All this goodness, however, comes with few strings attached. There are some ways in which we can be bitten by improperly used generators, and I think it’s helpful to know about them. So today, I’ll try to outline some of those traps.

Generators are lazy

You don’t say, eh? That’s one of the main reasons we are so keen on using them, after all! But what I’m implying is the following: if a generator-based code is to actually do anything, there must be a point where all this laziness “bottoms out”. Otherwise, you are just building expression thunks and not really evaluating anything.

How such circumstances might occur, though? One case involves using generators for their side effects – a rather questionable practice, mind you:

  1. def process_kvp(key, value=None):
  2.     print key,
  3.     if value: print "=", value
  4.  
  5. itertools.starmap(process_kvp, some_dict.iteritems())

The starmap call does not print anything here, because it just constructs a generator. Only when this generator is iterated over, dictionary elements would be fed to process_kvp function. Such iteration would of course require a loop (or consume recipe from itertools docs), so we might as well do away with generator altogether and just stick with plain old for:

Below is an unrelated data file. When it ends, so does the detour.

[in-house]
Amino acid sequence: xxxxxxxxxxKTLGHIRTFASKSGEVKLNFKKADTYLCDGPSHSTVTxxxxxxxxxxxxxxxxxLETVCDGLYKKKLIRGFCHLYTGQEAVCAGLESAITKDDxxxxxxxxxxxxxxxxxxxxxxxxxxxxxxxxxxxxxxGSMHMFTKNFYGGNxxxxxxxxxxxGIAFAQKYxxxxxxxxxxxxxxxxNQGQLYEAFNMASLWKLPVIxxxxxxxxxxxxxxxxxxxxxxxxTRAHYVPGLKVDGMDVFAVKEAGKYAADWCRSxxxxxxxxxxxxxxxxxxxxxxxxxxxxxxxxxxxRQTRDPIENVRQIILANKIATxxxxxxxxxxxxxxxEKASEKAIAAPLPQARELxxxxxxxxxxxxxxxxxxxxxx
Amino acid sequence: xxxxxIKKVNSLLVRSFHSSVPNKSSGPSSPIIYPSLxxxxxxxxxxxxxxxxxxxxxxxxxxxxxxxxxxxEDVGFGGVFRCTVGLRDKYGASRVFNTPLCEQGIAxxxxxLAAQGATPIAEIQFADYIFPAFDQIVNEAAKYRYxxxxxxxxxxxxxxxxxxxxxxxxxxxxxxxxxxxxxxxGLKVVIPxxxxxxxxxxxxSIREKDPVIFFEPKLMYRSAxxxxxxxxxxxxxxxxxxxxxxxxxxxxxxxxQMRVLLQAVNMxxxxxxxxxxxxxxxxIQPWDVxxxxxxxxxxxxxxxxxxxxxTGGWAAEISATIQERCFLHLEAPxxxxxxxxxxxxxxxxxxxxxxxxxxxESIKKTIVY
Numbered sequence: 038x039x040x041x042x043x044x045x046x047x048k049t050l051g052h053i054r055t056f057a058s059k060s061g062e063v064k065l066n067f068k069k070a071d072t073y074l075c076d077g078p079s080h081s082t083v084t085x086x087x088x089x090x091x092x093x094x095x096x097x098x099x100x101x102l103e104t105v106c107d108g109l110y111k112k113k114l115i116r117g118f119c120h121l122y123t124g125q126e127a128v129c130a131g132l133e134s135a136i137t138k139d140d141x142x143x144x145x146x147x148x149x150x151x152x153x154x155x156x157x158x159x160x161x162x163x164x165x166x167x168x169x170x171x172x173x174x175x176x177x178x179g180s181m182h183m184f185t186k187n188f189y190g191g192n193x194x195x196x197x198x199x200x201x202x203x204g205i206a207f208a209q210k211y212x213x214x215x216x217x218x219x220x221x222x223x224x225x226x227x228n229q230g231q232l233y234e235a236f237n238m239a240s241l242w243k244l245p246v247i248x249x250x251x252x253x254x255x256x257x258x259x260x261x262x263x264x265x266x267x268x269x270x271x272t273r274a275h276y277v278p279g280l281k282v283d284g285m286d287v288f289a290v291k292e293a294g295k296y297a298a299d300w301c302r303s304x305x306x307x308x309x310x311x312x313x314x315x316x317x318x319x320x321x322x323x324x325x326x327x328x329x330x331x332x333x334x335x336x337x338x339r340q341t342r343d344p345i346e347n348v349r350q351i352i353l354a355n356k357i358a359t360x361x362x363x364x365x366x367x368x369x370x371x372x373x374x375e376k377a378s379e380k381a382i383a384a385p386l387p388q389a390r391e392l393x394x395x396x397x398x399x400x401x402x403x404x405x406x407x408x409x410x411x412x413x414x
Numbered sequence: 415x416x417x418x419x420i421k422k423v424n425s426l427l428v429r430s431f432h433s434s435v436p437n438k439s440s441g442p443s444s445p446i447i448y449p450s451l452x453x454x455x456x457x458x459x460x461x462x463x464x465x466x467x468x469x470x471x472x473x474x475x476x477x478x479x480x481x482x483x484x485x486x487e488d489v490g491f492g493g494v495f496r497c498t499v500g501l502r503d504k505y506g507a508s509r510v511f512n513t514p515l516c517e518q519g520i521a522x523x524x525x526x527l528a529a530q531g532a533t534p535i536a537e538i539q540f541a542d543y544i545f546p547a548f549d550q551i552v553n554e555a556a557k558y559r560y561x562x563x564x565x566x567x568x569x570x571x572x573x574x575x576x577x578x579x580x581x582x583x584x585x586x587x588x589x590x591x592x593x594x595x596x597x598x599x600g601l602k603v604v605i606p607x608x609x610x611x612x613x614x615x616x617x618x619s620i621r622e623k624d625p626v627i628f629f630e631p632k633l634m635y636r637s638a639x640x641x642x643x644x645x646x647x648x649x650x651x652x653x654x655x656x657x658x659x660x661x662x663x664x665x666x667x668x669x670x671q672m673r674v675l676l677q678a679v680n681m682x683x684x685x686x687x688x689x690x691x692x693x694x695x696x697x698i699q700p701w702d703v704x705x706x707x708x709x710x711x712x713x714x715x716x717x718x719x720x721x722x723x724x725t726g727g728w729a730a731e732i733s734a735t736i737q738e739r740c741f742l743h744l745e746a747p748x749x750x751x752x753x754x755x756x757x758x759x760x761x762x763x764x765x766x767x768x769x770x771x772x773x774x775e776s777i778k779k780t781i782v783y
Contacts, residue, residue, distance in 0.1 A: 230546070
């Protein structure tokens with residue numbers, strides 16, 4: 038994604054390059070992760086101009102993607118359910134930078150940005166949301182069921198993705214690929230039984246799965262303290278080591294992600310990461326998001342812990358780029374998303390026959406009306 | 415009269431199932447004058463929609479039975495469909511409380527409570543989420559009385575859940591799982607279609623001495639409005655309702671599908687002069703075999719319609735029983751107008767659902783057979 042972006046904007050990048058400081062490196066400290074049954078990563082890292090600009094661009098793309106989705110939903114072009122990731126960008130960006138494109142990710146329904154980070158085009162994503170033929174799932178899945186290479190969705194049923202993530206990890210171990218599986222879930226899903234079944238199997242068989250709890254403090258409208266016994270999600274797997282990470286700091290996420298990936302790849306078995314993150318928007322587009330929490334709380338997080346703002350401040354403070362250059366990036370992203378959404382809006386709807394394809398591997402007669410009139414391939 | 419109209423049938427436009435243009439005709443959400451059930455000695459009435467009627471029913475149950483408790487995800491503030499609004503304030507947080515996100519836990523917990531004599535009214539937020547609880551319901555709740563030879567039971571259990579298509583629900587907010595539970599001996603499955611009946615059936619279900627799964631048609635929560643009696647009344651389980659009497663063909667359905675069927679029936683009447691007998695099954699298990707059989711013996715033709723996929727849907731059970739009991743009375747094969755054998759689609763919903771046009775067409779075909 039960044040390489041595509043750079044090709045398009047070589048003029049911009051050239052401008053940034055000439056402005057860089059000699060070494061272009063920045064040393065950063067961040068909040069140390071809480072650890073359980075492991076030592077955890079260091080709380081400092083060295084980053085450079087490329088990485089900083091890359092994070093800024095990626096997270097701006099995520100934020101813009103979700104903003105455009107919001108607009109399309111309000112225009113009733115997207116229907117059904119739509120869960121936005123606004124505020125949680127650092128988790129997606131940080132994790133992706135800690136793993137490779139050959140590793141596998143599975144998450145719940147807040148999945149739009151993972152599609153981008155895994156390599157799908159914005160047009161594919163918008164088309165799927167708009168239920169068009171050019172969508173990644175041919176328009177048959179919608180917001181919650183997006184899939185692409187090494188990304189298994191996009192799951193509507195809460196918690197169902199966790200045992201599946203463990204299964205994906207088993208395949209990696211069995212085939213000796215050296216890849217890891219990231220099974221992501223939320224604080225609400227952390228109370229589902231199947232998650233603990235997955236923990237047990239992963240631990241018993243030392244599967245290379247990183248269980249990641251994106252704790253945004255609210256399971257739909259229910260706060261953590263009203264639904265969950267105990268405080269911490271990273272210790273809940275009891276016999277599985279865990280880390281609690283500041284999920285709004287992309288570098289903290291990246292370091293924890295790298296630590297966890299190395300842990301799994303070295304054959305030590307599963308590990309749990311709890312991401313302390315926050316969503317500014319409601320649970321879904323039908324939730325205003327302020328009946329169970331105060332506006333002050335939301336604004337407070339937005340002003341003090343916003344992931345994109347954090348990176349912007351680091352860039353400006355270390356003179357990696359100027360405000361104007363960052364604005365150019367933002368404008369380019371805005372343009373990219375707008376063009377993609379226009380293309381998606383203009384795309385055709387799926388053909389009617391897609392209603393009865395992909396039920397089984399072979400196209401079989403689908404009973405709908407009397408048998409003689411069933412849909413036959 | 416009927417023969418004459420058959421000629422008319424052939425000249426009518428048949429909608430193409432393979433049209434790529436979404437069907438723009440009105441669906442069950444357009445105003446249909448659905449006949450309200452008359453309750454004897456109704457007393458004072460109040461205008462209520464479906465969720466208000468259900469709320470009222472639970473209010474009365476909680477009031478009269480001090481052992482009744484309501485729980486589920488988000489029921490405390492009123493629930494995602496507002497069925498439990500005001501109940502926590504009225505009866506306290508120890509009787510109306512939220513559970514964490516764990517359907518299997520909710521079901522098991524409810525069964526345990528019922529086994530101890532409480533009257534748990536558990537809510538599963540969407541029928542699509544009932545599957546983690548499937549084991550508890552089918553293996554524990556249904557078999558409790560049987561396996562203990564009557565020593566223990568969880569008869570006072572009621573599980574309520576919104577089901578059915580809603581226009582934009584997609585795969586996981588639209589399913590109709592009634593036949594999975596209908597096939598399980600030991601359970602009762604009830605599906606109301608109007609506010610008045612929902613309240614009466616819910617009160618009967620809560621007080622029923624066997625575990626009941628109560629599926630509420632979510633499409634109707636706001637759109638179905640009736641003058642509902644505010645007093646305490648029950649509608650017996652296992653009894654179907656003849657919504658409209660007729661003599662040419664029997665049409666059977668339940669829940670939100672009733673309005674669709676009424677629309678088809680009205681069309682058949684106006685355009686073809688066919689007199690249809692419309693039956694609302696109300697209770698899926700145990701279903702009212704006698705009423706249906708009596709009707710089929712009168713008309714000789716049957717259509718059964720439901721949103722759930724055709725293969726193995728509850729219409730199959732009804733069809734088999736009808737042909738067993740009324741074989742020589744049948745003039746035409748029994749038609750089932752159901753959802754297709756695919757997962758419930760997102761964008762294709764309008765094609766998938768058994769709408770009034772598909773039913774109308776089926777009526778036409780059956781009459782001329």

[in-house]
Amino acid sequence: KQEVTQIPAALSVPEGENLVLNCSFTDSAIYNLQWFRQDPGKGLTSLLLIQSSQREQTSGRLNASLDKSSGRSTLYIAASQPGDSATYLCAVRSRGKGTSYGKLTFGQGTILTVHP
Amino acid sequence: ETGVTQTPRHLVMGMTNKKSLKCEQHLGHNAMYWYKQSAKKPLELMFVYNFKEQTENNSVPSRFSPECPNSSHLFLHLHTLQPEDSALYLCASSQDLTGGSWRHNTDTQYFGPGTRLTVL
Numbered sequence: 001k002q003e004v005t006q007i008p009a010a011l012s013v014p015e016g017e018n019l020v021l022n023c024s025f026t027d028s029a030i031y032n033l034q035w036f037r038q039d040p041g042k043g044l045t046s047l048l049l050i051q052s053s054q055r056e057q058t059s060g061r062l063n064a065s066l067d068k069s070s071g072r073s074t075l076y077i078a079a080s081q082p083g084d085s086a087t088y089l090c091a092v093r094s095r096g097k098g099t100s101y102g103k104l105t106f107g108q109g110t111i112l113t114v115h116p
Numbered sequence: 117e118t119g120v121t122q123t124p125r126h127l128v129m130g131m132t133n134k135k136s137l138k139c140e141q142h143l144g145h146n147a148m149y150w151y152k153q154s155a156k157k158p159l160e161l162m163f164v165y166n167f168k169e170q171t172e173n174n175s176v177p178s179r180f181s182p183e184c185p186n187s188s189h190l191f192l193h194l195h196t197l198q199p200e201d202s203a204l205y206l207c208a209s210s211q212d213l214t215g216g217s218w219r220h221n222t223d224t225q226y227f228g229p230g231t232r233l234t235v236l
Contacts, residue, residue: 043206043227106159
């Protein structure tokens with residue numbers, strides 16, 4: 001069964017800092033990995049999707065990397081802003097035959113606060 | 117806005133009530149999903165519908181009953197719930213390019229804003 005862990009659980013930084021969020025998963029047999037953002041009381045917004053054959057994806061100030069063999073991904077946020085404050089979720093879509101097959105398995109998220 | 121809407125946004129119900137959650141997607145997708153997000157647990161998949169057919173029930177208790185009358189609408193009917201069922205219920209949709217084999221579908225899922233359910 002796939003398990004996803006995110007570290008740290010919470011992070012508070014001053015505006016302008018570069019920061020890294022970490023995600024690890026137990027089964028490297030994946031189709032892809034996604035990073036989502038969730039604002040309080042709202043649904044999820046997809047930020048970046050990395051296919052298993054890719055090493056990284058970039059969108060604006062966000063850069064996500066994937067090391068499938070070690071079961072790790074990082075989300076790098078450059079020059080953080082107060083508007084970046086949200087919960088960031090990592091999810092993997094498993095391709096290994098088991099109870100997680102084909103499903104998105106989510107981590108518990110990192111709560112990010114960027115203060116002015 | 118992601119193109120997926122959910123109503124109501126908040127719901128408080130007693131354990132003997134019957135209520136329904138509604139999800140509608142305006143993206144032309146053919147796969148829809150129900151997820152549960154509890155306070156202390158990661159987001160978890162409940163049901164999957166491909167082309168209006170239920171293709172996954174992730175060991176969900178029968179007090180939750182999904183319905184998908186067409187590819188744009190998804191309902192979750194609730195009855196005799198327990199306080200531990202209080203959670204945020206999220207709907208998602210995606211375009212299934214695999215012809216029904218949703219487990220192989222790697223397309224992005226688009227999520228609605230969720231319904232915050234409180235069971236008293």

1. for kv in some_dict.iteritems():
  2.     process_kvp(*kv)

In real code the judgement isn’t so obvious, of course. We’ll most likely receive the generator from some external function – a one that probably refers to its result only as an iterable. As usual in such cases, we must not assume anything beyond what is explicitly stated. Specifically, we cannot expect that we have any kind of existing, tangible collection with actual elements. An iterable can very well be just a generator, whose items are yet to be evaluated. This fact can impact performance by moving some potentially heavy processing into unexpected places, resulting in e.g. executing database queries while rendering website’s template.